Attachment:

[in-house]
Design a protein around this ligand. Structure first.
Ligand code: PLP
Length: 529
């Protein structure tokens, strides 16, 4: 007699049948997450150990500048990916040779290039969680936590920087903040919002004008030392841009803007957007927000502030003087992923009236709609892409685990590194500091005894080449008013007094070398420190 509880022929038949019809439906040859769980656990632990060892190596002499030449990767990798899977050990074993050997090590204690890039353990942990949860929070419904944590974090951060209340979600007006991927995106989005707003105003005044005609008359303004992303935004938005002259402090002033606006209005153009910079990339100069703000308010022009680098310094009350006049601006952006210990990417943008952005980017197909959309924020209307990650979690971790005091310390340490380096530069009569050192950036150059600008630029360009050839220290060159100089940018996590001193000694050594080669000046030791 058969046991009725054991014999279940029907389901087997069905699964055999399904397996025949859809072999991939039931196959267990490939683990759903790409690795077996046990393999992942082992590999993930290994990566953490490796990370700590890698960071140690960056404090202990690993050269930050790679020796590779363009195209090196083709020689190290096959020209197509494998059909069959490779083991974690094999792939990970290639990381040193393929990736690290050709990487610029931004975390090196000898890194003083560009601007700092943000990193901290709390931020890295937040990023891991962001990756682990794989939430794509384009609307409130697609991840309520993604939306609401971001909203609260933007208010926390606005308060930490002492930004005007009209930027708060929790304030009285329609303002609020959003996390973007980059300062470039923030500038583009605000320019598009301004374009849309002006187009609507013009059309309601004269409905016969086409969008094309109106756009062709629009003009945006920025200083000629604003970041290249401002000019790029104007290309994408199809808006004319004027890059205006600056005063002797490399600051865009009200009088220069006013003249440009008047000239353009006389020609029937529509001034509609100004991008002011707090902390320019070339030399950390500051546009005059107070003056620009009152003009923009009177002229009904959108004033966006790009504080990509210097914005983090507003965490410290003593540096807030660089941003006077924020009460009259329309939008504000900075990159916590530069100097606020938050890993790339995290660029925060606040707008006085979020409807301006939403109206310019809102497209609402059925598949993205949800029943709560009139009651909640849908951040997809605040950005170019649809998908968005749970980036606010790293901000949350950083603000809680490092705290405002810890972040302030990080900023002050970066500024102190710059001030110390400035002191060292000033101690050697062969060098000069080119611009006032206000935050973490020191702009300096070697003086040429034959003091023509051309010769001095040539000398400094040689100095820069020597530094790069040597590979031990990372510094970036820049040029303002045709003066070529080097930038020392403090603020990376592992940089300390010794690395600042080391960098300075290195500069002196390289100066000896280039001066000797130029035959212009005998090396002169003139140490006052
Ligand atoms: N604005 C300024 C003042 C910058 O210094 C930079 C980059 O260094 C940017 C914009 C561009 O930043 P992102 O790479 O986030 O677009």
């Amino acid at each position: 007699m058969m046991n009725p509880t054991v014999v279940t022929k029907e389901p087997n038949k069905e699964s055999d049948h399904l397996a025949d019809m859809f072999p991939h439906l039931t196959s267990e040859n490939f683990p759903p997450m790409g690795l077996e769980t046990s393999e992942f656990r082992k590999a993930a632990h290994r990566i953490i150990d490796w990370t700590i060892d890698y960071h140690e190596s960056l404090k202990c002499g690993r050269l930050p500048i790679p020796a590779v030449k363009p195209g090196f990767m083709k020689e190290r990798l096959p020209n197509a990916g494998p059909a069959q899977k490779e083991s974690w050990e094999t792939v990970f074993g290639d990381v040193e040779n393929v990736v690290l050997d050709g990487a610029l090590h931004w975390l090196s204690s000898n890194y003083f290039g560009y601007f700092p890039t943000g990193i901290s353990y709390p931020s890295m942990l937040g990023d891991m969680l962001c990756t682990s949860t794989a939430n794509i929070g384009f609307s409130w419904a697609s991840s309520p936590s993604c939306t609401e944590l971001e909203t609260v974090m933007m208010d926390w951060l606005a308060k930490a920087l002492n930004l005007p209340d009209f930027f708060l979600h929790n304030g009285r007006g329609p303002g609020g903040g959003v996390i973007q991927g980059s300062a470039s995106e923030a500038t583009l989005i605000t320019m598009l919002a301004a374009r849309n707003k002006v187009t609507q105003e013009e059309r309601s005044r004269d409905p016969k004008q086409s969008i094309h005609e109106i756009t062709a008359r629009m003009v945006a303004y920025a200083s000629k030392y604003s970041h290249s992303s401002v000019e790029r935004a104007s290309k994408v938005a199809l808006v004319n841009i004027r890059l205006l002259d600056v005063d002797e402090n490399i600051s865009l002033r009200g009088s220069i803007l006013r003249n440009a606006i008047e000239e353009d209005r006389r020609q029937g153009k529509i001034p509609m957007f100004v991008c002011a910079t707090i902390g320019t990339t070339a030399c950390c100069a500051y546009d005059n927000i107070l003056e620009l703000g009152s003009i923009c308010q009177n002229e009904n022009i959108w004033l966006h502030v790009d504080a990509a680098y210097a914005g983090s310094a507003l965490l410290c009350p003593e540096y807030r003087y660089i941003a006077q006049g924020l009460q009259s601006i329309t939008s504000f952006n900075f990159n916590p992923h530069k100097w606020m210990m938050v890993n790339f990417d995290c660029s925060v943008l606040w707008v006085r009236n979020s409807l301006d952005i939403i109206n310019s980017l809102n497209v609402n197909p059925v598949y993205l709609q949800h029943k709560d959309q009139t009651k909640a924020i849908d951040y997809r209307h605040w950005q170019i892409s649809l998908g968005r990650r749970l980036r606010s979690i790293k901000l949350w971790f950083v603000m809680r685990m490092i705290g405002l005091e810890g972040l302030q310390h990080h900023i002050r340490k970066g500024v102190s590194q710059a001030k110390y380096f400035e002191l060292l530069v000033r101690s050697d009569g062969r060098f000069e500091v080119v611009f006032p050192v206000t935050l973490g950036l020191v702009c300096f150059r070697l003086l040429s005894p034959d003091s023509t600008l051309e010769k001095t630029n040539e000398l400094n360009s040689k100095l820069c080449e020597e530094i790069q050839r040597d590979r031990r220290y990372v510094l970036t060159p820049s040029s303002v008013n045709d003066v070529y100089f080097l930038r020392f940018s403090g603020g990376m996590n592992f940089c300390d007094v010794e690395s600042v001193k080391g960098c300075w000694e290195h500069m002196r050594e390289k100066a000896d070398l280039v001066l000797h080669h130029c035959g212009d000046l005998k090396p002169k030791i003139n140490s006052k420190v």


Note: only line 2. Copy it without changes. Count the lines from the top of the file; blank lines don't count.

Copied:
Design a protein around this ligand. Structure first.